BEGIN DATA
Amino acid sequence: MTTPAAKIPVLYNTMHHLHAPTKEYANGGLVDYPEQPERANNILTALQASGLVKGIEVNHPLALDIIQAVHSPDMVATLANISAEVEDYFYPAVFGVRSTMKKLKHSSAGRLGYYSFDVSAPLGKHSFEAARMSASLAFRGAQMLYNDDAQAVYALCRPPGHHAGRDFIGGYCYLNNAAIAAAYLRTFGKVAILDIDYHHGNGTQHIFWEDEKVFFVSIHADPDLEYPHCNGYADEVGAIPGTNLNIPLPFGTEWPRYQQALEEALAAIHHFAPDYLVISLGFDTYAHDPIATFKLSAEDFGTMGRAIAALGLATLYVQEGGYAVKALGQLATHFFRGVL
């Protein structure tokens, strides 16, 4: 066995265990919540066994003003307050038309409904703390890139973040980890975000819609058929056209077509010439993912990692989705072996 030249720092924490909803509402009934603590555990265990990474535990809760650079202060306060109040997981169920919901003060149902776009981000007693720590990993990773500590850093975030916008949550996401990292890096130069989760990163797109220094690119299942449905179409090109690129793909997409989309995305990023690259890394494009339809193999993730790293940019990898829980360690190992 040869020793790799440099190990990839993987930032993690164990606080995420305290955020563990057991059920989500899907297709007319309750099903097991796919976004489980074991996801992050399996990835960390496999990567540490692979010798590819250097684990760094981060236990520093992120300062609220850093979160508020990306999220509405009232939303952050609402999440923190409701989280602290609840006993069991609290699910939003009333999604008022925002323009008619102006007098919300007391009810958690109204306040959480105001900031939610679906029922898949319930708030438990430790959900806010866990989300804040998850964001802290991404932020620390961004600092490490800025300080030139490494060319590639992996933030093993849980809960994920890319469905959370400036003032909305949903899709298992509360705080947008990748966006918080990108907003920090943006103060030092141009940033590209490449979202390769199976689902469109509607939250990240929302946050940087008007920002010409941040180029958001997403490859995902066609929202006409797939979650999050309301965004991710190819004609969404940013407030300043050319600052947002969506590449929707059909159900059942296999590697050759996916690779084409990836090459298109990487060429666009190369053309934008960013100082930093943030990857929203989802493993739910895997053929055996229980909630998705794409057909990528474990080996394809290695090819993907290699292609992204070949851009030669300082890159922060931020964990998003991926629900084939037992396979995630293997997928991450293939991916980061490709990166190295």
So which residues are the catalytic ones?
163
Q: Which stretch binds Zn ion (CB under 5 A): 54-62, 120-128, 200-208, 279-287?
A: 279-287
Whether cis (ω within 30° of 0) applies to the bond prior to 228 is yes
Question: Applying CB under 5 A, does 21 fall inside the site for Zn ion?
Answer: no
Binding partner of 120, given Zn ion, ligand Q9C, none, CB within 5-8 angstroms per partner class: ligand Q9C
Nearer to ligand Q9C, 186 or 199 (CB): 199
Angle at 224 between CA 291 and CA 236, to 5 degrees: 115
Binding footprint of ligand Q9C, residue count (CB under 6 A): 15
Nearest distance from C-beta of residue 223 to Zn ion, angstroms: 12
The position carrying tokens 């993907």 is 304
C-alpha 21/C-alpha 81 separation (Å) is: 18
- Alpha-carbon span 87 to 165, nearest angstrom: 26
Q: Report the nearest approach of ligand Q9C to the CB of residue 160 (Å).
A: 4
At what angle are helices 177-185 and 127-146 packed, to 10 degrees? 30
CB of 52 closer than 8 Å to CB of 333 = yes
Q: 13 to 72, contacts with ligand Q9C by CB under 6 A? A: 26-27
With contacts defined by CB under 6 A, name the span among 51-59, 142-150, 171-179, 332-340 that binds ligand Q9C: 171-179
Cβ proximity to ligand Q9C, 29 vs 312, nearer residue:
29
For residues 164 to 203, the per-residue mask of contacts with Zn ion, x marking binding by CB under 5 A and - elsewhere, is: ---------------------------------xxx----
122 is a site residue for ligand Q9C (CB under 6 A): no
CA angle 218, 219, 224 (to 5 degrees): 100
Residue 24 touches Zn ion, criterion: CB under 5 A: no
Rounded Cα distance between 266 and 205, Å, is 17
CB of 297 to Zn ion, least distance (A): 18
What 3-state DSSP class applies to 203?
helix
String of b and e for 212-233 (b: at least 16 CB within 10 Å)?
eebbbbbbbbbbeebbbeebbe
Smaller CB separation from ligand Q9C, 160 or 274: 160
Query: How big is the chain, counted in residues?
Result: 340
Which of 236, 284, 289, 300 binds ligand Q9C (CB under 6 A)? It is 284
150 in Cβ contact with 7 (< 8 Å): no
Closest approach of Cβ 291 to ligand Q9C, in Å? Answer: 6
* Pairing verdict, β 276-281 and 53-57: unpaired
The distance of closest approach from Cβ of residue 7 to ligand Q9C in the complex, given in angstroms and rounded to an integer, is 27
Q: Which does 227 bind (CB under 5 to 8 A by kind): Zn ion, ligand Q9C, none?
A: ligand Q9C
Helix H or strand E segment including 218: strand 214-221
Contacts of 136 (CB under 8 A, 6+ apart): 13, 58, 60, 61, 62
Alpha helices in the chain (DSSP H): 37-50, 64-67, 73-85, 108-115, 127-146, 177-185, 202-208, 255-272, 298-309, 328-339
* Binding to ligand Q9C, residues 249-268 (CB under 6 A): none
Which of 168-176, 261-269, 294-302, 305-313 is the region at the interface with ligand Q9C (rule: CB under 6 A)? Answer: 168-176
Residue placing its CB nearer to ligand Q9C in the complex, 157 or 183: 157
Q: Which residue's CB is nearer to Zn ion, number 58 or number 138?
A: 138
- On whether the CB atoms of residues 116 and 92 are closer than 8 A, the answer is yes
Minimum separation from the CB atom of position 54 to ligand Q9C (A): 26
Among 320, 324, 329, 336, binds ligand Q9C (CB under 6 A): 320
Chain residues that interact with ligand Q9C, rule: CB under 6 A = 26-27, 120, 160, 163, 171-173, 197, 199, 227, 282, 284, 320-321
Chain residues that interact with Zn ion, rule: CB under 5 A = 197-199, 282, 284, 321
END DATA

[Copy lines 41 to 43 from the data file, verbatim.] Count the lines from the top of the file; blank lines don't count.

Closest approach of Cβ 291 to ligand Q9C, in Å? Answer: 6
* Pairing verdict, β 276-281 and 53-57: unpaired
The distance of closest approach from Cβ of residue 7 to ligand Q9C in the complex, given in angstroms and rounded to an integer, is 27